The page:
Student helps peers at West Brunswick learn about Holocaust
There are no words to fully explain what survivors of the Holocaust went through both emotionally and physically, but one Brunswick County high school senior wanted her peers to understand the horrors and how lives were forever changed by Hitler’s regime.
For 89-year-old Bronia Merlin, the passage of time does little to erase the memories of one of the darkest times in world history, the Holocaust.
“This is a nightmare for me, it’s over 60 years and I still, and I still dream in the night they still want to catch me again. And I want to run,” Bronia told students at West Brunswick High School.
Merlin and Alford Schnog are both Holocaust survivors who shared their experiences with students at West Brunswick High School. The stories they’re telling are much more personal than what you’ll find in a textbook.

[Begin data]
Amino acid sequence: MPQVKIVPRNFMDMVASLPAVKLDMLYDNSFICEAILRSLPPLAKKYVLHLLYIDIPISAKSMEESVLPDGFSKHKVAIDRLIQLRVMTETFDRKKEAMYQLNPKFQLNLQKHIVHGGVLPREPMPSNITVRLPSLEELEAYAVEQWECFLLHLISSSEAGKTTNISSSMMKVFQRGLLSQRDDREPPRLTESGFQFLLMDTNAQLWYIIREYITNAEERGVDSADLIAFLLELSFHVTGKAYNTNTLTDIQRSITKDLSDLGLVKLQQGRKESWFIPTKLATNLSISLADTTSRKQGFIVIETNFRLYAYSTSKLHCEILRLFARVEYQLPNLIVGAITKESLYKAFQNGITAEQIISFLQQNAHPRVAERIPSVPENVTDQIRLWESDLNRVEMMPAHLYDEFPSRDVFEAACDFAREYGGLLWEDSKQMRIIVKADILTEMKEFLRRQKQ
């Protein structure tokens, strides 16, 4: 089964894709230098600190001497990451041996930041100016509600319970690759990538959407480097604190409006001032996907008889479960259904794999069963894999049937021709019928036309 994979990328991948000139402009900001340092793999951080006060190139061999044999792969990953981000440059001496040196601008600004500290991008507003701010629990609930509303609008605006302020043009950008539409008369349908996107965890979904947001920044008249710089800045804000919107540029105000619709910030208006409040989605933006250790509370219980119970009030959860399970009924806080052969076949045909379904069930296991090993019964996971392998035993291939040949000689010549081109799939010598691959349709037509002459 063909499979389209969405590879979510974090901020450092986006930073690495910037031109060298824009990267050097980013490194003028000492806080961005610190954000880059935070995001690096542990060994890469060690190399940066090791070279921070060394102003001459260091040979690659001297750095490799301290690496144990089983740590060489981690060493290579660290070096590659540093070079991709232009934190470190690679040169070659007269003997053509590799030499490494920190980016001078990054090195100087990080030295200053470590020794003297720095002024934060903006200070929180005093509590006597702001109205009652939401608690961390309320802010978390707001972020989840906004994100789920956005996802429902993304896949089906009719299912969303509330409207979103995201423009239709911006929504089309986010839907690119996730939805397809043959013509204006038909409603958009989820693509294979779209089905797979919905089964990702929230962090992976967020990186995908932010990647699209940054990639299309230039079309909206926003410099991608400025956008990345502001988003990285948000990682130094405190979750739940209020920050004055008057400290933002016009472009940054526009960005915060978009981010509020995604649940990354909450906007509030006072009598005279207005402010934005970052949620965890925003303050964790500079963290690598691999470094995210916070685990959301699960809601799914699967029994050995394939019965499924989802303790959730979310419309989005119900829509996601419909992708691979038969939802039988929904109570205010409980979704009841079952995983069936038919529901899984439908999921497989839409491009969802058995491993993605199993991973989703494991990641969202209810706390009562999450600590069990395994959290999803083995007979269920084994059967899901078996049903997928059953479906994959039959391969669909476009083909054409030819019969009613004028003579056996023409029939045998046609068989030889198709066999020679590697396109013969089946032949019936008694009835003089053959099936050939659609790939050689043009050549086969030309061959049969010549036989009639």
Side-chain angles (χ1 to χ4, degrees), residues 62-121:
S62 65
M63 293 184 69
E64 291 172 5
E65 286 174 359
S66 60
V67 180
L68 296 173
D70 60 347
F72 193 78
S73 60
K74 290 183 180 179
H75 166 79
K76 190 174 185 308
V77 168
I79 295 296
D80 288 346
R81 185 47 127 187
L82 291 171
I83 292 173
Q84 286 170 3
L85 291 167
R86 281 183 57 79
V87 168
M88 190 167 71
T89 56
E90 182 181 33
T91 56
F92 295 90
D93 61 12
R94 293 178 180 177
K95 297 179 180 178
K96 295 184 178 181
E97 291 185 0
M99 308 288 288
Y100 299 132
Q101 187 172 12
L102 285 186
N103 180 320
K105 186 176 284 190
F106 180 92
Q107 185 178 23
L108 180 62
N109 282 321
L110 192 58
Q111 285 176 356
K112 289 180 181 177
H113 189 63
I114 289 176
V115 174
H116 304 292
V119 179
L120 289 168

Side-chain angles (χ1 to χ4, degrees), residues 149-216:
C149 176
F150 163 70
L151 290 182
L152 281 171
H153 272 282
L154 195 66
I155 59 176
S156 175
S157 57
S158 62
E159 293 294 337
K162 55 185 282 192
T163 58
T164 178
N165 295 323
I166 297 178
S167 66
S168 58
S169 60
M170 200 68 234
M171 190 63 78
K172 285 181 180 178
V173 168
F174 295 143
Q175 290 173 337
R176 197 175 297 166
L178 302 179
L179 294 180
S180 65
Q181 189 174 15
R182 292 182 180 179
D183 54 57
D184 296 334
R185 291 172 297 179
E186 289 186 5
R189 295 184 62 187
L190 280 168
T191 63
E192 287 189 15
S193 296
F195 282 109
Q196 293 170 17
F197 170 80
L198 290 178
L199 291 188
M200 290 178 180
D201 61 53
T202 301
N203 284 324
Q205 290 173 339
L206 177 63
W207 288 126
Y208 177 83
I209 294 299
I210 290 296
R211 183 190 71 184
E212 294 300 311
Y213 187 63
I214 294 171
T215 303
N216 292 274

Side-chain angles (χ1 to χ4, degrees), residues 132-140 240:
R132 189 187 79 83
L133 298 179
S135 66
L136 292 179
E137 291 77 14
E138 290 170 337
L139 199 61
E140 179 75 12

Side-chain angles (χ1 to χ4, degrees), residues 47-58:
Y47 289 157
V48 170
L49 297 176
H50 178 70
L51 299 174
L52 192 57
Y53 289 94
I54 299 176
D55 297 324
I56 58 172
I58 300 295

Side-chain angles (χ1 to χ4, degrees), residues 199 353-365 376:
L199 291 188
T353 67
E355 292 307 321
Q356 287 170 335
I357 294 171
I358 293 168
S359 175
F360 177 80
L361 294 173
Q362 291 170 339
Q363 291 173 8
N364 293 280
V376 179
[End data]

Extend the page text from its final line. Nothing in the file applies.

Students at West Brunswick got this unique opportunity because of the efforts of a fellow student who decided to do her senior project on the Holocaust had on its survivors.
“When I was four-years-old my parents took me to a Nazi concentration camp in Germany called Dahchow. I was really young, don’t remember much but what I do remember, things kind of haunted me,” Alex Heath explained.
And that’s why the 18-year-old West Brunswick senior brought the Holocaust survivors to her school, hoping their stories will resonate with her classmates.
“I hope they can take this experience and realize we are the last generation that’s going to be able to hear what happened at the holocaust from people who were actually there,” she said.
“It’s a phenomenal difference between haring a real person, hearing the real stories, watching somebody who lived through Auschwitz, looking at the tattoo and thinking about what her life must’ve been like at about her age,” said Rabbi Harley Karz-Wagman of the Temple of Israel.
There’s another part of Heath’s senior project. She’s also asking her classmates to make butterflies. They will be sent to the Holocaust museum in Houston. The museum is trying to collect one-and-a-half million butterflies, each one representing a child who died during the Holocaust.
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